• Anat Ishai

We all judge, but the Jewish way is to judge favourably

My first reaction in seeing posts on my social media feed with Channukah bushes was sadness and judgement. It was triggering! And I felt all kinds of feelings around it. These are women, mothers I went to school with, they have given birth to the next generation of Jewish people (insert judgement!) Why do they want to fit in so badly? Why do they want to alter something already so beautiful and perfect? (Insert more judgement).

I’m currently learning with a friend what is means to perfect our personal development in the areas of our personality, habits, actions but all from a Jewish lense. It’s called Mussar!

Here is what I learnt as it relates to judgement.


  1. thoughts are like internet ads, the more attention you give it the more you will get those thoughts ~ train yourself to scroll past those thoughts

  2. Being judgemental hurts you as a human being more than anyone else, all you see is negativity ~ is this how I really want to live my life? (Insert introspection)

  3. Negative experiences impact us more than powerfully positive experiences ~ what were their Jewish experiences like growing up? Was there a lot of Jewish guilt passed down generationally? Was there a real threat in exposing their Jewish identity? (starting the process of judging favourably)


So here it is, we are triggered, we start judging (normal human response). But, we must take it one step further, the Jewish Way is to judge favourably.

So let’s try to unpack this:

The Beginner level of judging favourably:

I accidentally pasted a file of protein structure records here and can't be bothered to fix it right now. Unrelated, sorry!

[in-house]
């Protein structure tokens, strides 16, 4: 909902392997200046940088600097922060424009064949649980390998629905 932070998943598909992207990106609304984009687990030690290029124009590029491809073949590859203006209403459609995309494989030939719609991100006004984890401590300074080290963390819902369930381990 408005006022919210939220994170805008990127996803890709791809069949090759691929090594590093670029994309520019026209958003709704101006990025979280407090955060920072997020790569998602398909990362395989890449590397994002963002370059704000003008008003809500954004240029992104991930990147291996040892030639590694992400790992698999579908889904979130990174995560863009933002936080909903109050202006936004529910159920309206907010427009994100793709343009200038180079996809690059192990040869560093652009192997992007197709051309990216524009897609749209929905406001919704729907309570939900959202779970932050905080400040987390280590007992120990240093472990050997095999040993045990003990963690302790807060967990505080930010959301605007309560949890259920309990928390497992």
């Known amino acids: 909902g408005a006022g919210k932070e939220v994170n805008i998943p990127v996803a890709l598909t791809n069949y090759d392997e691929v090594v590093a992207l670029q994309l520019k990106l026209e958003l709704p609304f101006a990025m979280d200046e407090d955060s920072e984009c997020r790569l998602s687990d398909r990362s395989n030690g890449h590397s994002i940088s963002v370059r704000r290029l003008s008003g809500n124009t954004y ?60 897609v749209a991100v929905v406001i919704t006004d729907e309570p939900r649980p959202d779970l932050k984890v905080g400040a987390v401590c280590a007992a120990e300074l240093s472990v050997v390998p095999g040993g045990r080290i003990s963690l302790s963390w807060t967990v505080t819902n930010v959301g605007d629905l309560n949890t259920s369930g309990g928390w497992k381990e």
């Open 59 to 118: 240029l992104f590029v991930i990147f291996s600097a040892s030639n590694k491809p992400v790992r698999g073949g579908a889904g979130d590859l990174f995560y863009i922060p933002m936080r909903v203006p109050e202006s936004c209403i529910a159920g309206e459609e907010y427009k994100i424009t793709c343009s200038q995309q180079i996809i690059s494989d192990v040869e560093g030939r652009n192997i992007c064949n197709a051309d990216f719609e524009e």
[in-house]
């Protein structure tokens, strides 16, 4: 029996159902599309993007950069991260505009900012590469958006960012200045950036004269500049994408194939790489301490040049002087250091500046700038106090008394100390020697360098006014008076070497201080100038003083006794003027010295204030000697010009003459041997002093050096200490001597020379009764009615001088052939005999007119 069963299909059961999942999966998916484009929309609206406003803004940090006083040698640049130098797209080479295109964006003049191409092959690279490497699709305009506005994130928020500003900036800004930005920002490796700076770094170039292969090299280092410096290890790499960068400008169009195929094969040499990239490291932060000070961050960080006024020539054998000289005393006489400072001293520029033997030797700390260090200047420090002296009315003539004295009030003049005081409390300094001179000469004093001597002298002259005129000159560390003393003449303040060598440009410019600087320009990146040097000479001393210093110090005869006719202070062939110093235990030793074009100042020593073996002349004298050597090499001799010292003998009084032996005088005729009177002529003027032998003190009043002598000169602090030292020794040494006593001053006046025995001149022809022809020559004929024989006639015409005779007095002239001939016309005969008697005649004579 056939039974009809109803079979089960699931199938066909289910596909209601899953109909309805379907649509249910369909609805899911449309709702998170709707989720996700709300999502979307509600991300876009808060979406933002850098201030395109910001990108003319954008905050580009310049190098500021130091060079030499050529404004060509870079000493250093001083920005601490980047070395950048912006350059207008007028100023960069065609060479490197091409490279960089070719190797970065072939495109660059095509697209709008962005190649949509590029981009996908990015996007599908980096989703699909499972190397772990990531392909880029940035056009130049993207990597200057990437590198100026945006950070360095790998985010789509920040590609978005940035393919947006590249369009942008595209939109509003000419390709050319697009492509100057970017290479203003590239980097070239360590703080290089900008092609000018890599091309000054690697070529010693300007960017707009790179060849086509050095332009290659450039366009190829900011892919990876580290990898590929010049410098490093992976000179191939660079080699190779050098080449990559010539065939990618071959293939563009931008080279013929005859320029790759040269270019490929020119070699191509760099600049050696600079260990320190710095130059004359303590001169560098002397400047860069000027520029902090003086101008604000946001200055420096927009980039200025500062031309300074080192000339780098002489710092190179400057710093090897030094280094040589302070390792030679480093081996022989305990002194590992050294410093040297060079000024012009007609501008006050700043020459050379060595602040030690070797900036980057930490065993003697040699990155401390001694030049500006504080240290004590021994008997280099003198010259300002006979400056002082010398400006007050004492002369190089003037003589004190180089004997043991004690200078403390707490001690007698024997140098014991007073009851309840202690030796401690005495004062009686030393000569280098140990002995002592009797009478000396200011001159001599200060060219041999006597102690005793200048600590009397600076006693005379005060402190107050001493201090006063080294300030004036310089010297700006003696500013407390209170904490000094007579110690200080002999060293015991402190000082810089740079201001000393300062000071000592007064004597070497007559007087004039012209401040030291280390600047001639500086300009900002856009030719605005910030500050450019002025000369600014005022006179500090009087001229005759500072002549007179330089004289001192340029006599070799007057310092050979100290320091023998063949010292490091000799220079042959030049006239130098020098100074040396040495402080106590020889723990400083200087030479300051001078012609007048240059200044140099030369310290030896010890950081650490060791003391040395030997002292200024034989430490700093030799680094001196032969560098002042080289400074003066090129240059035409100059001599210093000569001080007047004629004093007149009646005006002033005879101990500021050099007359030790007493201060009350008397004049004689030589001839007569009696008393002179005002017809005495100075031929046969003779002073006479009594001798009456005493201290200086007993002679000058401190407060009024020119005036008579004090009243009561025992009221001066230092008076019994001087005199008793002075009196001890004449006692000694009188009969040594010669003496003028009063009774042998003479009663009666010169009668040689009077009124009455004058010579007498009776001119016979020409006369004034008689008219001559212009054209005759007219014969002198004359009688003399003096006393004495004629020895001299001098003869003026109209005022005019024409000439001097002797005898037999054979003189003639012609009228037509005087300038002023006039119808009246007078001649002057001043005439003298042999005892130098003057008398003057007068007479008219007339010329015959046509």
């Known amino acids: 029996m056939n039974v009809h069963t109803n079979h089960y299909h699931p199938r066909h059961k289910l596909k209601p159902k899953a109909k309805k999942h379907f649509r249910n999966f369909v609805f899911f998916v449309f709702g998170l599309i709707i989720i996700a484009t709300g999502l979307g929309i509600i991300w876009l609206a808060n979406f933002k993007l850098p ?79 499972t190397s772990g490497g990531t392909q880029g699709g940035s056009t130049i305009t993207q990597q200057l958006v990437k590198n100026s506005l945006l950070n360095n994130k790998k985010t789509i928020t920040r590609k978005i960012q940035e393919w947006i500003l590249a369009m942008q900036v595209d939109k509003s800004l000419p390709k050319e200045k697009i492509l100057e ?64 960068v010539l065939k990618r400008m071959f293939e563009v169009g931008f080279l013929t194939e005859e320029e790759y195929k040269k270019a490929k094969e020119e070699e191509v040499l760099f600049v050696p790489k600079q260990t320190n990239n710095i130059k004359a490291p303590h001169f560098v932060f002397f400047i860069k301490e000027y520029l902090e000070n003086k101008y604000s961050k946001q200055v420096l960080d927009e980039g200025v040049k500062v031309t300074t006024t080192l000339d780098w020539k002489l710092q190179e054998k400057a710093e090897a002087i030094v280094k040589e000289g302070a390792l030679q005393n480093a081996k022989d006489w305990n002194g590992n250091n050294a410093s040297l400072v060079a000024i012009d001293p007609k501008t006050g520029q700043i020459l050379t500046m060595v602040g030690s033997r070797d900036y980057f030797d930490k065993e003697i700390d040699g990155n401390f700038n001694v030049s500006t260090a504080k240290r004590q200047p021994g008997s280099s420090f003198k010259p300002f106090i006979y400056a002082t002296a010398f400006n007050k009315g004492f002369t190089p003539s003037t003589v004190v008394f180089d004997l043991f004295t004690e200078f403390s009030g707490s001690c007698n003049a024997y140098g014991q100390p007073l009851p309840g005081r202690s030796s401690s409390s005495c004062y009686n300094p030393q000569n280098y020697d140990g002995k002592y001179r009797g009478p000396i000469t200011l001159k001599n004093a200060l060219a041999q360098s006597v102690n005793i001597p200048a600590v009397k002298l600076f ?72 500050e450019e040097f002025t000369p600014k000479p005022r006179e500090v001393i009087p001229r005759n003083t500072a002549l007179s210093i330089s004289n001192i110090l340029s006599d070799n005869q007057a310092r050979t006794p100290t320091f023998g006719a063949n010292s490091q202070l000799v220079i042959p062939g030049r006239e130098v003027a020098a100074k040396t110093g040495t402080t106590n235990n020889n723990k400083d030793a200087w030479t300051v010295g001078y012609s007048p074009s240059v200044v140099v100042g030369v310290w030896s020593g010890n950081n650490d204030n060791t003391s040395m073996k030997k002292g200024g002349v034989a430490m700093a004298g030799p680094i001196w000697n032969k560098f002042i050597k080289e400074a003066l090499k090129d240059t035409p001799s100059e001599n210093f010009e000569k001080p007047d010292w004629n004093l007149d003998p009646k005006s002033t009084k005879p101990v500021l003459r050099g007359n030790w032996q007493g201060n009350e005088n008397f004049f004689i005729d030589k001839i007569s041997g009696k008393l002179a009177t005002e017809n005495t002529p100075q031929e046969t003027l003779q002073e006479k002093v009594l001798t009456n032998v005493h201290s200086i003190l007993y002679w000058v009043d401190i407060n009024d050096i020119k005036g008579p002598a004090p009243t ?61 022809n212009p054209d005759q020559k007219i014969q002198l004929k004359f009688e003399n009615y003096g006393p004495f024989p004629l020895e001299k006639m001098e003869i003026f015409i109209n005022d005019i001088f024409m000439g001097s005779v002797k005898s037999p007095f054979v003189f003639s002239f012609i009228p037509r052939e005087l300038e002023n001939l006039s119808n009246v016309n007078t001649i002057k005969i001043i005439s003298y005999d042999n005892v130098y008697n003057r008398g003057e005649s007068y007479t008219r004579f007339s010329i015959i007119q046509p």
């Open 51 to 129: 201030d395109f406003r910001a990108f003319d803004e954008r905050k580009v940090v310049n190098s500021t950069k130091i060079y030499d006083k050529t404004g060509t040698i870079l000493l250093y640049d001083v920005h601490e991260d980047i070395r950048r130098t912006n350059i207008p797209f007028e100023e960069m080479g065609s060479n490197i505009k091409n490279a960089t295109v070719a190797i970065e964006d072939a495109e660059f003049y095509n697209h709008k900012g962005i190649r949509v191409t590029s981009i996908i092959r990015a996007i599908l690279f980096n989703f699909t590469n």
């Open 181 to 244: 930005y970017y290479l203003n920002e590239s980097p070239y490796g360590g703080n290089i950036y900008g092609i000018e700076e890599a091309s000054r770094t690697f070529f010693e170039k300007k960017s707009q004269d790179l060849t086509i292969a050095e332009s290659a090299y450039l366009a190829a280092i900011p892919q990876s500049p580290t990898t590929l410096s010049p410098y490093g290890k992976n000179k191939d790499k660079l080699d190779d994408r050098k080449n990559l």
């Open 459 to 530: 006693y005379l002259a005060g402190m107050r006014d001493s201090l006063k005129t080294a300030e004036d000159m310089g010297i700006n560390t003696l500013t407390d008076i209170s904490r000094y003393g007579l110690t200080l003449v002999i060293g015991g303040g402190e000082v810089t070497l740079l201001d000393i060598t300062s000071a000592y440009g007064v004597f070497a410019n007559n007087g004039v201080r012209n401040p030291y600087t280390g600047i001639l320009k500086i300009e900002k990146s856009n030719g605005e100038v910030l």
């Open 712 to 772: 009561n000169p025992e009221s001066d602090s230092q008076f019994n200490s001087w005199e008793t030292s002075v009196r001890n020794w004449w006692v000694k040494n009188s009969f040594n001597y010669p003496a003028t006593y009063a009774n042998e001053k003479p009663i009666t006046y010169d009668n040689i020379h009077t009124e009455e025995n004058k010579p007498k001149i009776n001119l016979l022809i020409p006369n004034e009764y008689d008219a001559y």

I don’t know the backstory of why they put up a channukah bush so I’m going to make one up. A fictitious story that rationalized why they chose to express their Judaism this way. Maybe they lived in communist Russia and this was the only thing they could celebrate, maybe they grew up in a religiously abusive home that scared them, maybe they lived in a small town and had no Jewish education. Get the point!

The Intermediate level of judging favourably: Understanding that even the bad is for the good. Where others see darkness others see light. Maybe I can imagine that this home is filled with so much chesed (kindness), morality, love and passion for being a Jew, that while on the outside it looks different and “bad” to me, on the inside these Jewish souls….they are really good!

The Advanced Level of judging favourably: “beloved is the man, for he was created in the image of God”. Look past the bad as if it were invisible, it means loving your fellow Jew unconditionally and paying attention to their virtues than to their flaws.

Judgement comes from a place of insecurity and arrogance. (Aren’t we all guilty)

I’ve never stood in their shoes, I didn’t grow up in their homes and yet it still hurts my heart to see these images. They are Jews, with a unique mission just like me, a Jew yearning for connection just like we all are. Loving someone, loving your fellow Jew even when you disagree with how they chose to live is the highest compliment to G-d. We mirror to him what we want him to feel about us. We want him to love us unconditionally even though we are flawed. We want him to see the good in us, even when we miss the mark. He wants us to connect with him and his people even when we feel we don’t belong.

So this Channukah season I’m asking you to practice “Favourable Judgement”. We will all be at different levels, but we are all capable of striving for more tolerance.


Will you join me? We need more light, help me spread light.


(The teaching shared in this post are from the wise words of Ruchi Koval in her new book. Soul Construction: Shape Your Character Using 8 Steps from the Timeless Jewish Practice of Mussar)



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